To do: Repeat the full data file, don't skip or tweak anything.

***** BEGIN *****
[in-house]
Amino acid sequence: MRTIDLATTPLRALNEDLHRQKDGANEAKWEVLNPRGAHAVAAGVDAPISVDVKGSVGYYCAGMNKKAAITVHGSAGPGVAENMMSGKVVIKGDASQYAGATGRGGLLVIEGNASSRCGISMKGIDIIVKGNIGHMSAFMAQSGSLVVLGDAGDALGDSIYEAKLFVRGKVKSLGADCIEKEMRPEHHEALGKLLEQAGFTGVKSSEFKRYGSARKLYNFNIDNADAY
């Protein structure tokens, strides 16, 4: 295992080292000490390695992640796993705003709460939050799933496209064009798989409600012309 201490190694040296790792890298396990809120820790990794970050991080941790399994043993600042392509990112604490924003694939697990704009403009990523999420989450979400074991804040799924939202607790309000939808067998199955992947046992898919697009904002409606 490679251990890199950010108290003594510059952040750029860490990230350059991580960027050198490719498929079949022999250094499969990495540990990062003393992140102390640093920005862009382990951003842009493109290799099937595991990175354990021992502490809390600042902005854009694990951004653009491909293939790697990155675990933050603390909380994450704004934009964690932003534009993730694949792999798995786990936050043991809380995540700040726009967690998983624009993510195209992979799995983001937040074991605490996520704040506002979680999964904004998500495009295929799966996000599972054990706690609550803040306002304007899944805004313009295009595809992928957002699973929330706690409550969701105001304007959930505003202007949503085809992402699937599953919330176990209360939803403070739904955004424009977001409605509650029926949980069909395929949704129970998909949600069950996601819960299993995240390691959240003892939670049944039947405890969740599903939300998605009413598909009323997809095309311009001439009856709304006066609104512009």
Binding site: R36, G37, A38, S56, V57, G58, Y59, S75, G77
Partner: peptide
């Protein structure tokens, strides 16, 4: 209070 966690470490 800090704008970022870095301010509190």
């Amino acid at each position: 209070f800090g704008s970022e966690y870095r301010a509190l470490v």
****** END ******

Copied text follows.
[in-house]
Amino acid sequence: MRTIDLATTPLRALNEDLHRQKDGANEAKWEVLNPRGAHAVAAGVDAPISVDVKGSVGYYCAGMNKKAAITVHGSAGPGVAENMMSGKVVIKGDASQYAGATGRGGLLVIEGNASSRCGISMKGIDIIVKGNIGHMSAFMAQSGSLVVLGDAGDALGDSIYEAKLFVRGKVKSLGADCIEKEMRPEHHEALGKLLEQAGFTGVKSSEFKRYGSARKLYNFNIDNADAY
């Protein structure tokens, strides 16, 4: 295992080292000490390695992640796993705003709460939050799933496209064009798989409600012309 201490190694040296790792890298396990809120820790990794970050991080941790399994043993600042392509990112604490924003694939697990704009403009990523999420989450979400074991804040799924939202607790309000939808067998199955992947046992898919697009904002409606 490679251990890199950010108290003594510059952040750029860490990230350059991580960027050198490719498929079949022999250094499969990495540990990062003393992140102390640093920005862009382990951003842009493109290799099937595991990175354990021992502490809390600042902005854009694990951004653009491909293939790697990155675990933050603390909380994450704004934009964690932003534009993730694949792999798995786990936050043991809380995540700040726009967690998983624009993510195209992979799995983001937040074991605490996520704040506002979680999964904004998500495009295929799966996000599972054990706690609550803040306002304007899944805004313009295009595809992928957002699973929330706690409550969701105001304007959930505003202007949503085809992402699937599953919330176990209360939803403070739904955004424009977001409605509650029926949980069909395929949704129970998909949600069950996601819960299993995240390691959240003892939670049944039947405890969740599903939300998605009413598909009323997809095309311009001439009856709304006066609104512009």
Binding site: R36, G37, A38, S56, V57, G58, Y59, S75, G77
Partner: peptide
């Protein structure tokens, strides 16, 4: 209070 966690470490 800090704008970022870095301010509190």
């Amino acid at each position: 209070f800090g704008s970022e966690y870095r301010a509190l470490v």